Hands off the keyboard: it's in crash
Stob I'm not usually a great one for American TV comedy, the cartoons excepted. But recently I came upon a wonderful thing called House, featuring Hugh Laurie as the eponymous hero, a consultant at a New Jersey hospital. Laurie is an effective counter to that arch-enemy of all American hospdrams, Doctor Mawk.
The first pleasure to catch the ear is that Laurie uses exactly the same accent as when he and S Fry used to appear on Saturday Night Live as American sales executives, contriving to include lots of words that sound comic in a macho US growl, eg 'furdle' (fertile).
But House is much more than saying 'tooma' every episode, splendid though this is. Laurie enriches his character with a gaggle of hilarious affectations. He indulges in casual and gratuitous rudeness to his patients, fiddles with a Gameboy while he is supposed to be a-diagnosing, and persistently pops painkillers for a fake limp.
So far, so NHS. However, House's hospital is run on different lines from your local Royal Squeamish. Cases come into the building one at a time, serially, and all the doctors devote all their time to the cure of this single beneficiary. Most of the care is administered by a trio of dimbulb Dr Watson-style sidekicks over whom House insolently sherlocks (presumably there are also some nurses at this hospital to feed the patients, wipe up the poo and blood and so on, but we never see them).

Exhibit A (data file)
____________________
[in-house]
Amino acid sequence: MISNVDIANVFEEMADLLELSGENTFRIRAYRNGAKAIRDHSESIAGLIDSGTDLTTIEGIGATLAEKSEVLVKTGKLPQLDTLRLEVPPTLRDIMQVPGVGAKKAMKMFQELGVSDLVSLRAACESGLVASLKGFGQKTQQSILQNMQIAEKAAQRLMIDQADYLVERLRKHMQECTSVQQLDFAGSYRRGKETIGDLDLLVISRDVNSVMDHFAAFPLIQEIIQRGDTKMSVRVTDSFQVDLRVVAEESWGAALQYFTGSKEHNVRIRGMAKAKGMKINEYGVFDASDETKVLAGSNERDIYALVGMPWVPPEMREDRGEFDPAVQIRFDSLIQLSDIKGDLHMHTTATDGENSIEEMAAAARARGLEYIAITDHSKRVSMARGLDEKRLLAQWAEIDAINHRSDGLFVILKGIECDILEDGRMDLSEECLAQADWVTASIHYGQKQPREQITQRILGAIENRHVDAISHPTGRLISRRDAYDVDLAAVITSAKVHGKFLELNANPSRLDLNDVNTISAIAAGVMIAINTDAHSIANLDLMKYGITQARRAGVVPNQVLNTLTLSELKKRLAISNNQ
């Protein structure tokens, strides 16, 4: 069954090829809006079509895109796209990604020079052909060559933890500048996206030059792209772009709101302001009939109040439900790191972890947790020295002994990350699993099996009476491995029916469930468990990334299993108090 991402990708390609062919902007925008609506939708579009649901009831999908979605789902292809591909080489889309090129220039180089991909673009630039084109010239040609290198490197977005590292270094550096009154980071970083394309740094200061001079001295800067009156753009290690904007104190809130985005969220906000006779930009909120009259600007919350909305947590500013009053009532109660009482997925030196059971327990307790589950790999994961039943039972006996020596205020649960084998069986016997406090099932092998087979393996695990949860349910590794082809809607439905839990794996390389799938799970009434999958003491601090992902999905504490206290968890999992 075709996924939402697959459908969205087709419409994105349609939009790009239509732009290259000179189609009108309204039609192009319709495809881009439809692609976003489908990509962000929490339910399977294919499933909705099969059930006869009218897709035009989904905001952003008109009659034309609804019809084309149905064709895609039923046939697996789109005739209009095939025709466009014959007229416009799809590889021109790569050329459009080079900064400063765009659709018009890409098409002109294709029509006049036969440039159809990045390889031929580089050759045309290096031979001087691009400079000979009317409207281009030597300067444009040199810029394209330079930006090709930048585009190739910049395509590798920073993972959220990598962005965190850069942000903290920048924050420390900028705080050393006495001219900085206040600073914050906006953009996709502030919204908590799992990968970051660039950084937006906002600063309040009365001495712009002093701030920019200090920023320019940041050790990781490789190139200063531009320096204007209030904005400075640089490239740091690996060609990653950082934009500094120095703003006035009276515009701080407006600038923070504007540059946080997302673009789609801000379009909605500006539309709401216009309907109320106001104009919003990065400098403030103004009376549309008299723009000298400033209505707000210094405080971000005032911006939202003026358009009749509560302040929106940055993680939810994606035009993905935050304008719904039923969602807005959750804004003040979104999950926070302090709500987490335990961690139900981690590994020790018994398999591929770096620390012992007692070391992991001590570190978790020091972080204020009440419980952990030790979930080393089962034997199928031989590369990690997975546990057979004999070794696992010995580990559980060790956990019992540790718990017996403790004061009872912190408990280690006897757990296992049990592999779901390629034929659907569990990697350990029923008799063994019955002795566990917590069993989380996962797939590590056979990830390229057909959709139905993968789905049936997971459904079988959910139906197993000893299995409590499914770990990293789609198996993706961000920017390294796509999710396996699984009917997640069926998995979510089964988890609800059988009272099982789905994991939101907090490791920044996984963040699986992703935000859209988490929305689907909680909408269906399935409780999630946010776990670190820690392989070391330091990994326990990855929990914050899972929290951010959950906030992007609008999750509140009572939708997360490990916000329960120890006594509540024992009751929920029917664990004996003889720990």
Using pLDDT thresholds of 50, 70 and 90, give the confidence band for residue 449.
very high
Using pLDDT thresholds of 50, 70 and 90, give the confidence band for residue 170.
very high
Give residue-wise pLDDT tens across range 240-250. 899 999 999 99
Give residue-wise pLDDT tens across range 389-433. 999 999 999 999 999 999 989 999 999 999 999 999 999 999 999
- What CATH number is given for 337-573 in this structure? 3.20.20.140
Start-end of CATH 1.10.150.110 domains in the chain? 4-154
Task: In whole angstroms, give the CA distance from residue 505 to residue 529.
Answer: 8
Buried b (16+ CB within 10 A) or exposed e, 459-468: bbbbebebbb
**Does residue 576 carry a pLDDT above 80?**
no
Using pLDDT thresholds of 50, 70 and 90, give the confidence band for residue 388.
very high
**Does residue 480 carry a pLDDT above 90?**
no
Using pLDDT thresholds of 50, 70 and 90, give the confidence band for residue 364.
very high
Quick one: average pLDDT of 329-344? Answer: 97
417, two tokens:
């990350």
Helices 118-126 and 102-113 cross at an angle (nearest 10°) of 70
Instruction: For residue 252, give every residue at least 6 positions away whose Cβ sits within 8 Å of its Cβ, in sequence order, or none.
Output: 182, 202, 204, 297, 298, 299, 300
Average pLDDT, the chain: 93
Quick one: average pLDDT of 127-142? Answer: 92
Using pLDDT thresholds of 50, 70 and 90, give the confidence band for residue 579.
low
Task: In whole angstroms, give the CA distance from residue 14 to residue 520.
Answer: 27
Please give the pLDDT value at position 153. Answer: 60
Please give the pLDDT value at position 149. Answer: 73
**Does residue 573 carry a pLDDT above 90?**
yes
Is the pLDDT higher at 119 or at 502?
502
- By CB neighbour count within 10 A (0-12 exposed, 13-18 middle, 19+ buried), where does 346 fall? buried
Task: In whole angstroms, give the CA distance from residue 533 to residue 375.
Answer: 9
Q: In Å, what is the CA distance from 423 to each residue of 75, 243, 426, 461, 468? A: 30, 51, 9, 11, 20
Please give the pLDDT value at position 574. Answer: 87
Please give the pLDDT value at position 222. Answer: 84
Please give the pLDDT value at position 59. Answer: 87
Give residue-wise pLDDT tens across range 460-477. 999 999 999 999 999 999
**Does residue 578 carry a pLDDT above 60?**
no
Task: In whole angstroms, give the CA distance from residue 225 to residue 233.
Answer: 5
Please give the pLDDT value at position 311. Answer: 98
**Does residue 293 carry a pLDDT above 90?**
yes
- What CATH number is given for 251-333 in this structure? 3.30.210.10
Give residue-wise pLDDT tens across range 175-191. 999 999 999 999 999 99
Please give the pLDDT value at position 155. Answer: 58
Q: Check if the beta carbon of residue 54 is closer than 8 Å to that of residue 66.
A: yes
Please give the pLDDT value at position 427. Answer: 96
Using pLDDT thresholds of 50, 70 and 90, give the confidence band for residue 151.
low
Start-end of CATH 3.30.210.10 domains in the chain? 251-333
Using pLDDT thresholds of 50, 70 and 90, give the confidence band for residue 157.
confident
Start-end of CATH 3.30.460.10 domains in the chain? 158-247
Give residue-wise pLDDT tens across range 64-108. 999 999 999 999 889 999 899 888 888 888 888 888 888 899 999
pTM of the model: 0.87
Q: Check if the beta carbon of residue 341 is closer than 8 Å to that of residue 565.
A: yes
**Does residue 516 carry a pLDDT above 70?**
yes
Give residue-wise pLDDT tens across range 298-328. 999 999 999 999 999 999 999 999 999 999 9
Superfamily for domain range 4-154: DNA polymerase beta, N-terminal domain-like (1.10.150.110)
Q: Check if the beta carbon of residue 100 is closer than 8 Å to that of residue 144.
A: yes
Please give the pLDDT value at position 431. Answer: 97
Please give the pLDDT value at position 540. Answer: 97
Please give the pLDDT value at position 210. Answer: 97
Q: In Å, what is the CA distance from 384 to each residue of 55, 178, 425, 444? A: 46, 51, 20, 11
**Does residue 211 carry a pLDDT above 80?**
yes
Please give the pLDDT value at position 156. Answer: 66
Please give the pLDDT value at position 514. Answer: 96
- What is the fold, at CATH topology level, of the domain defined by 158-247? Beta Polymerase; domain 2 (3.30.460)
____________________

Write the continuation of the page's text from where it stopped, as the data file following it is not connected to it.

Then there's diagnosis. It turns out that the familiar procedure with stethoscope, squeezy blood pressure thing and intrusive cold fingers is quite redundant. Even MRI scans are of but marginal use, a pity because they seem to have two MRI scanners in every lavatory. No, House knows that the only way to get a real diagnosis is to burgle the patient's house looking for clues. Never mind the X-ray; get an eyeful of that ghastly retro CD collection.
Anyway - arriving finally at the point - I wondered if House's unusual approach to diagnosis could be transferred to the art of software debugging. At least for the purpose of TV drama. Here's my script for the pilot.
Pre title sequence: Woman seated at a computer, clicking at it insincerely with her mouse. Doomy incidental music. Suddenly, she gasps and leans back.
Camera zooms in through screen - where we glimpse a crash dialog - dramatically descending to micron level in Fantastic Voyage style until we arrive at the ESI register, still containing its recently dereferenced zero address (quite how this will be visualised in an exciting way, I leave to the special effects department. Must I do everything round here?).
Crash in title sequence with spooky title music, properly arranged by Delia Derbyshire. The BBC National Orchestra of Wales can stand down, thanks.
Scene: office of a senior programmer, with big desk, whiteboard etc, but no PC.
Me (natch, allocating myself the plum role of grumpy genius): So, what have we got, people? Differential diagnosis!
Girly-girl sidekick with local monopoly on emotion: Well, we know that the MSI installation went in cleanly, so it can't be DLL Hell...
Me: Mmm, this is good news. I feel as secure as a Java module checked into a SourceSafe suppository.
Ggswlmoe, naively: Surely you mean repository Ms Stob?
Me, writing on whiteboard:
inadm db isibil
SAAB jet Alt. texture austrian tomcruisecontrol
hairpiece carnival memento
Neighbours escapee cursed with floppy hair, baffled: Is this part of the differential diagnosis?
Me: No. I supplement my meagre income by generating 'white noise' text to help spam messages skip those pesky Bayesian filters. Pays 5p per million words. It's hard work, but artistically satisfying. What the spammers can't use, Douglas Coupland buys to put in his next novel.
Necwfh: Do you think it could be a DLL problem?